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#Actualalnite

Posted 11 November 2012 - 12:30 PM

While this might be language-dependent, you can't normally switch-case objects like strings. switch-case could only be used on integers, as it creates a jump/branch table. Additonally, in some languages, you are allowed to fall through a case statement.
switch (x) {
	 case 0:
	 	 doSomething();
	 case 1:
	 	 doSomethingElse();
	 	 break;
	 default:
	 	 doDefault();
	 	 break;
}

if x = 0, doSomething() and doSomethingElse() are executed. This style of coding could be useful in certain cases (no pun intended).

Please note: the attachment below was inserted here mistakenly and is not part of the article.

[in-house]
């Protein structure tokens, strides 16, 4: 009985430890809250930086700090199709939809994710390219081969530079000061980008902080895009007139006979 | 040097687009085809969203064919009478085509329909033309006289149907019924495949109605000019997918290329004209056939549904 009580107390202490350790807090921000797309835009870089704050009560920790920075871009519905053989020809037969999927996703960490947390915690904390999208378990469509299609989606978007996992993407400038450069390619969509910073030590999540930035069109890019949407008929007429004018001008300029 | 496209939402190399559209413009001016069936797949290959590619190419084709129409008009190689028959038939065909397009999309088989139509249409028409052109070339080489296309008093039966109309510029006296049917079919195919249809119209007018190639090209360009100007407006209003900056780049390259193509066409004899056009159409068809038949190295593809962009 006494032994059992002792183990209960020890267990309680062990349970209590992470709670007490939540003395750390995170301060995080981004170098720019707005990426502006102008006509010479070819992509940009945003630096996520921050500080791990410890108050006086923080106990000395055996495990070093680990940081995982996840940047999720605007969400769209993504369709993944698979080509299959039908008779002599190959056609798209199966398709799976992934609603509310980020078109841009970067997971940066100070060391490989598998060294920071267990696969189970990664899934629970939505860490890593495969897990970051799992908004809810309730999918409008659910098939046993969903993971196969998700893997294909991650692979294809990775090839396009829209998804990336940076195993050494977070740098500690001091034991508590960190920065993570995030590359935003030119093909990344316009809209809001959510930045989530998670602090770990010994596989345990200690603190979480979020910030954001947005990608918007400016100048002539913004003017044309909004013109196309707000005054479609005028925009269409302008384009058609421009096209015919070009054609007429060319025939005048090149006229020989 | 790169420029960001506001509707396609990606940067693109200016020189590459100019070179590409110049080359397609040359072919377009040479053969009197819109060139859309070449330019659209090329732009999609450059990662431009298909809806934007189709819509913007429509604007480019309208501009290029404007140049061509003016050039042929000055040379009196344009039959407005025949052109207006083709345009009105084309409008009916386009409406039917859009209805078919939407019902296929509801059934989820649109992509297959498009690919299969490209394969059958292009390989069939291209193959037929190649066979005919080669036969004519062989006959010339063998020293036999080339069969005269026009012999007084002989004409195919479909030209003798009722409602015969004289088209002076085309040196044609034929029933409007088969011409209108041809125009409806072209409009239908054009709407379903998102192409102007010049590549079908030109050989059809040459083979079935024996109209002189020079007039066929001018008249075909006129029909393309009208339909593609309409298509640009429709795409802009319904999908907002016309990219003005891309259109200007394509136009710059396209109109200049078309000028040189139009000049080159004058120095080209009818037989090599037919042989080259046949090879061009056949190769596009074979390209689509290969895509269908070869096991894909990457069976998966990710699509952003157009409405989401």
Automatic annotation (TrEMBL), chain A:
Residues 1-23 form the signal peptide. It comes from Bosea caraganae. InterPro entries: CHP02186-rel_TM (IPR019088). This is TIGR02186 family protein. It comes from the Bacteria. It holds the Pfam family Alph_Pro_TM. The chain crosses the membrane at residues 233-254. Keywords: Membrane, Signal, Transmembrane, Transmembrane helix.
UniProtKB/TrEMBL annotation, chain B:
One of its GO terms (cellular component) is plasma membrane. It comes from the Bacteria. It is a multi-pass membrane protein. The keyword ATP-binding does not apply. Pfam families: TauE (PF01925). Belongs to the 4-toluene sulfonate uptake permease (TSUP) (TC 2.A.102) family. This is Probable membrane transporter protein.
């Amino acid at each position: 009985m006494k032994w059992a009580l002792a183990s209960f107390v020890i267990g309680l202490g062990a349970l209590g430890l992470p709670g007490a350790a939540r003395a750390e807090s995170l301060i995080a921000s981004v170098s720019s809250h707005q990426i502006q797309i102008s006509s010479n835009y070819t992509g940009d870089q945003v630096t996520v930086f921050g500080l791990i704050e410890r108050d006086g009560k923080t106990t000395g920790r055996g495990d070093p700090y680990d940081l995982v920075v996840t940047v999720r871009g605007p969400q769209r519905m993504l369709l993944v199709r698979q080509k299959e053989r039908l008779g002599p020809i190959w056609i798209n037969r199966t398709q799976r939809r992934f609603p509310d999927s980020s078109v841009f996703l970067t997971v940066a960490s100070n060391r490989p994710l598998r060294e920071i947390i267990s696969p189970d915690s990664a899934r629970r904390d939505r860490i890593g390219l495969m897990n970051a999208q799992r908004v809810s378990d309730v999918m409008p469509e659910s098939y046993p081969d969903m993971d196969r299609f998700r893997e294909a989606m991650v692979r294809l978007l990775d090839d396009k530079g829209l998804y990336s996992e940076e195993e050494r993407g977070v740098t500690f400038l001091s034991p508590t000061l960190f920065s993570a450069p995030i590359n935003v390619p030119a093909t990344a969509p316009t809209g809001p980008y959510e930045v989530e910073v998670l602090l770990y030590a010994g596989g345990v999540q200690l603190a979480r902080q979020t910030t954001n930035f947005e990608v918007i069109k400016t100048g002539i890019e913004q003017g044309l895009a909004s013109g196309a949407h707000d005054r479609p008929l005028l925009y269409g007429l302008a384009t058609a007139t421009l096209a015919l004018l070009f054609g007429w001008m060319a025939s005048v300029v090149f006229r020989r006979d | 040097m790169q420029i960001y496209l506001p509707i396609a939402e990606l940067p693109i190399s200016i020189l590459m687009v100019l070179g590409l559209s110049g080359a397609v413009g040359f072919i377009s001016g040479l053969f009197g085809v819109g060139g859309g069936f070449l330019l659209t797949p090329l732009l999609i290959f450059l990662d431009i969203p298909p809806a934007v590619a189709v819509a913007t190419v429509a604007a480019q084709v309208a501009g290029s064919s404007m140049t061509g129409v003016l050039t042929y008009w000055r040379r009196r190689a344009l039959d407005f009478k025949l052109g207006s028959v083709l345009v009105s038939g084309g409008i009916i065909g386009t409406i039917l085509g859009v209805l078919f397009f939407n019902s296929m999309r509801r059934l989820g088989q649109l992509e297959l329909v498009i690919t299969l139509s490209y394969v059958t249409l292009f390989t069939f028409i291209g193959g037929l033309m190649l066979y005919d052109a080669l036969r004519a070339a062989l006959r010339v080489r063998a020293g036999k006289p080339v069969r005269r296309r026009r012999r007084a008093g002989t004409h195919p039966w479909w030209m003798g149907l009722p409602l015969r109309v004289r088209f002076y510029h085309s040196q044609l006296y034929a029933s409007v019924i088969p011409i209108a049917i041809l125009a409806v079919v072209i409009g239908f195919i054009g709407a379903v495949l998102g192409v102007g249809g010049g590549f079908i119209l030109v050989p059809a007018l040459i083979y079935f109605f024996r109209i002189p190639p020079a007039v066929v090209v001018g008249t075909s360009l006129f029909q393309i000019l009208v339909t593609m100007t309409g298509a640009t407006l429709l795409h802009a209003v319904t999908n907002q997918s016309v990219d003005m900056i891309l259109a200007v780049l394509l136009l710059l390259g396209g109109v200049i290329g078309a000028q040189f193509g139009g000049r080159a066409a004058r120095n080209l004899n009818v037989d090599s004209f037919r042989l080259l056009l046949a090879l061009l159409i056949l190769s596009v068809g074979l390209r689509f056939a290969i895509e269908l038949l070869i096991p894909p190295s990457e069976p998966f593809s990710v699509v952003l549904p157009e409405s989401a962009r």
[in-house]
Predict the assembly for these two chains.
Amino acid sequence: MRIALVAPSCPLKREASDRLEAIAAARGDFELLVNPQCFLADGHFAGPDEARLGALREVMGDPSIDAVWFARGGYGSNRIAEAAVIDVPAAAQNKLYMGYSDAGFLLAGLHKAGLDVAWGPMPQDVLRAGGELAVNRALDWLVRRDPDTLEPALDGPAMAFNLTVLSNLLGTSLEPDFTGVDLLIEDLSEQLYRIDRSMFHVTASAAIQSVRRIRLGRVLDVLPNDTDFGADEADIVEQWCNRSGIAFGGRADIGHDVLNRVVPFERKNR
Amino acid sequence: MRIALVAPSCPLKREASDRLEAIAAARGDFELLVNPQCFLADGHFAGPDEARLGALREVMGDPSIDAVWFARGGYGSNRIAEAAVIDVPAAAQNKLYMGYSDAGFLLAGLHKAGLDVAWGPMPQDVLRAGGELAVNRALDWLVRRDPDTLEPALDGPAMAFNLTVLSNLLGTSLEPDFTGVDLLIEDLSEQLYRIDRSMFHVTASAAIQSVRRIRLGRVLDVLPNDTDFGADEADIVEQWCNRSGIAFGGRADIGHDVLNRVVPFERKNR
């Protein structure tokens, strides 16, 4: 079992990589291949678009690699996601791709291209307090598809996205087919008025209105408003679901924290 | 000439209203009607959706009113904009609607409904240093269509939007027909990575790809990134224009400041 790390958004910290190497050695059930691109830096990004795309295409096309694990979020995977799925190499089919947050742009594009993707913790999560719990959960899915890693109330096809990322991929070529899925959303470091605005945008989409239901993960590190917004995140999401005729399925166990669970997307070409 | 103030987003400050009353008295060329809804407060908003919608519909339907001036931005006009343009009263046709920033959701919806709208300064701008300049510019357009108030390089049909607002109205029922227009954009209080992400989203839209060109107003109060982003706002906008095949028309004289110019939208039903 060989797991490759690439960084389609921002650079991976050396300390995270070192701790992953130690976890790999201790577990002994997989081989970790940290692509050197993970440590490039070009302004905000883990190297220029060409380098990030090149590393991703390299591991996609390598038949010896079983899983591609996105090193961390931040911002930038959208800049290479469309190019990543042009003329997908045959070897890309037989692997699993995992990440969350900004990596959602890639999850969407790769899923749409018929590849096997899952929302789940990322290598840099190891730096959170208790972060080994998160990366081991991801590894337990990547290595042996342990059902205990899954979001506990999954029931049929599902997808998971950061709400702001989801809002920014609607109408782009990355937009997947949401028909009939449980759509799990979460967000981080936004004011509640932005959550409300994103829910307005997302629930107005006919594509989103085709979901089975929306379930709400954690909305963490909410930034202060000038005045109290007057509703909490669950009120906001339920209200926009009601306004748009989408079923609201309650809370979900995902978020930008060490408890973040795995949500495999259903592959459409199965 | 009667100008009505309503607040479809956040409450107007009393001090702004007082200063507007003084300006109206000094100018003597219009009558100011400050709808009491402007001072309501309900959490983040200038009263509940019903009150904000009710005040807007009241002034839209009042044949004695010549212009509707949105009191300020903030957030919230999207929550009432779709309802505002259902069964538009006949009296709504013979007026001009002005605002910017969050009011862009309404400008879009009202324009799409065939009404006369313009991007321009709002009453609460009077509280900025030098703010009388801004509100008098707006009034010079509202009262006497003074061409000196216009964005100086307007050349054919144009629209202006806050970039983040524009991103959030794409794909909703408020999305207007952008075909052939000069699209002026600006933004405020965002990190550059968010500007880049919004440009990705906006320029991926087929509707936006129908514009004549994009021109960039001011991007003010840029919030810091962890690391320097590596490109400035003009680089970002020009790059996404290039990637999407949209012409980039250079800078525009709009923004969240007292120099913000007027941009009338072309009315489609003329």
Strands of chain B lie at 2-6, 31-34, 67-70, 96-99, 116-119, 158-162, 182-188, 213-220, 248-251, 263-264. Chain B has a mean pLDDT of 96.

#1alnite

Posted 11 November 2012 - 12:30 PM

While this might be language-dependent, you can't normally switch-case objects like strings. switch-case could only be used on integers, as it creates a jump/branch table. Additonally, in some languages, you are allowed to fall through a case statement.
switch (x) {
	 case 0:
	 	 doSomething();
	 case 1:
	 	 doSomethingElse();
	 	 break;
	 default:
	 	 doDefault();
	 	 break;
}

if x = 0, doSomething() and doSomethingElse() are executed. This style of coding could be useful in certain cases (no pun intended).

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